LONDON — When Japanese Foreign Minister Katsuya Okada was in Delhi a few days back for the fourth round of strategic dialogue between Japan and India, he made it clear that negotiations on a civilian nuclear cooperation pact are going to be rather difficult.
There are indications that these negotiations have stalled. It now looks unlikely that this pact will be signed during Indian Prime Minister Manmohan Singh’s visit to Japan in October as originally planned.
It was in June that India and Japan began discussions on the possibility of Japan signing a civil nuclear agreement with India. It was a significant move for Japan, which has long been critical of Indian nuclear policy. Though India-Japan ties have blossomed in recent years on a whole range of issues, the nuclear issue has been a major irritant in the relationship.
The Indian nuclear tests of 1998 marked the lowest point in bilateral relations, as Japan reacted strongly to the nuclearization of the subcontinent. Tokyo suspended economic assistance for three years as well as put on hold all political exchanges between the two nations.
Japan’s economic measures against India included freezing grant aid for new projects, suspending yen loans, withdrawing Tokyo as a venue for the India Development Forum, cautiously examining loans to India by international financial institutions and imposing strict control over technology transfers.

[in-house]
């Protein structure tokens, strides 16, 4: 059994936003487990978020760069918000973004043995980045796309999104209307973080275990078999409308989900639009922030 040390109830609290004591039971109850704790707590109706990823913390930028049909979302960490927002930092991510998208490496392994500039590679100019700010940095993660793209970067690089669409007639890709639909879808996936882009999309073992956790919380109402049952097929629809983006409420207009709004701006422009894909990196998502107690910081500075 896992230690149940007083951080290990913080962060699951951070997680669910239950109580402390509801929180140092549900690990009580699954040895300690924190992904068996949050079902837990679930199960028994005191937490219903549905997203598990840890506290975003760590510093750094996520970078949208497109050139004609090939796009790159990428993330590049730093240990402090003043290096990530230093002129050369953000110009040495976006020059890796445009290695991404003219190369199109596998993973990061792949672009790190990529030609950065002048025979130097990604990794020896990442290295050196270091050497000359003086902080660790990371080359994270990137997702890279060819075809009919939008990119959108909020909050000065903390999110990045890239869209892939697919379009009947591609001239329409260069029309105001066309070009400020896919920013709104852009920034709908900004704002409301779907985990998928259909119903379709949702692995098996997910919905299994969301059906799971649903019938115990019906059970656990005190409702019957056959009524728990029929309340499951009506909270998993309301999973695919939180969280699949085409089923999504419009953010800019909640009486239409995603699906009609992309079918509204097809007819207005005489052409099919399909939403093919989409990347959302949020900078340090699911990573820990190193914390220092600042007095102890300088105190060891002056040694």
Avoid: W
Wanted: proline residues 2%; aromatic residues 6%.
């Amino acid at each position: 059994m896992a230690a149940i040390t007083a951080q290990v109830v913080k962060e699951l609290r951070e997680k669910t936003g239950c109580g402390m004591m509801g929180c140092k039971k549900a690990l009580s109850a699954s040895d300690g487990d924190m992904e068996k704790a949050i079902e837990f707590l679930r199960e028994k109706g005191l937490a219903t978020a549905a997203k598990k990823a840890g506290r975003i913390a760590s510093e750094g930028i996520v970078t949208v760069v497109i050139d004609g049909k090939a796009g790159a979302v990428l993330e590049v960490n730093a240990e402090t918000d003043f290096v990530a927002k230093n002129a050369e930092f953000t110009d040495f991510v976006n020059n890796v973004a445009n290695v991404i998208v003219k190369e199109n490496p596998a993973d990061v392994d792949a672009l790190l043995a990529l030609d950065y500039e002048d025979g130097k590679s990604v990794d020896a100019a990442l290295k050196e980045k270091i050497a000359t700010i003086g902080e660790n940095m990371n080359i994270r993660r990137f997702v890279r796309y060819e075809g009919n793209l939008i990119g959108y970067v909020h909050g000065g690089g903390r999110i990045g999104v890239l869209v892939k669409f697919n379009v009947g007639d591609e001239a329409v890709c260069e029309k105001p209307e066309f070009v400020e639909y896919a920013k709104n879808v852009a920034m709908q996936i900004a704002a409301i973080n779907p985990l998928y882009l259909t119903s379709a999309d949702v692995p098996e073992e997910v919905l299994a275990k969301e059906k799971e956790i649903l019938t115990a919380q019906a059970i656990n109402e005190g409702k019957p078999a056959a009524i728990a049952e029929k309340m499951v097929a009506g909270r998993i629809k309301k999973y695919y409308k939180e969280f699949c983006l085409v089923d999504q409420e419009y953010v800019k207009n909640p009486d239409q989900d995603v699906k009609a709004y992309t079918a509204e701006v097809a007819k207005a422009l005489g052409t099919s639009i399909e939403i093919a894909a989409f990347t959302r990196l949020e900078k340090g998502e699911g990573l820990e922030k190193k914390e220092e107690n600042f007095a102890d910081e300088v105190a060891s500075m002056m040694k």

Japan took the lead in various international forums, such as those sponsored by the Group of Eight, in condemning nuclear tests by India and Pakistan, while the Japan’s Diet described the tests as constituting a threat to the very survival of human life.
This strong reaction from Japan was in many ways understandable, given that the Japanese are the only people to have experienced attacks by nuclear weapons. The effect of that experience continues to shape their worldview.
Yet, many in India saw the Japanese reaction as hypocritical for apparently brushing aside India’s genuine security concerns even as Japan enjoyed the security guarantee of the U.S. nuclear umbrella.
As many in India see it, Japan’s commitment to the Nuclear Nonproliferation Treaty (NPT), in many ways, remains predicated upon its reliance on the nuclear deterrence provided by America.
The U.S.-India civilian nuclear energy cooperation pact has, however, changed the nuclear realities and Japan is now trying to come to grips with India’s new nuclear power status. Though Japan has supported the U.S.-India civilian nuclear energy cooperation treaty, there remain differences between Japan and India on the nuclear issue.
Japan continues to insist that India sign the NPT and the Comprehensive Test Ban Treaty, whereas India has no intention of doing so given its long-standing concern that these treaties are discriminatory. Current Japanese law allows nuclear exports only to states that, unlike India, are either a party to the NPT or allow the International Atomic Energy Agency to safeguard all its nuclear facilities.
If India decides to go in for more nuclear tests in the future, the Japanese government of that day could be forced to respond in a manner that might be inimical to India-Japan ties.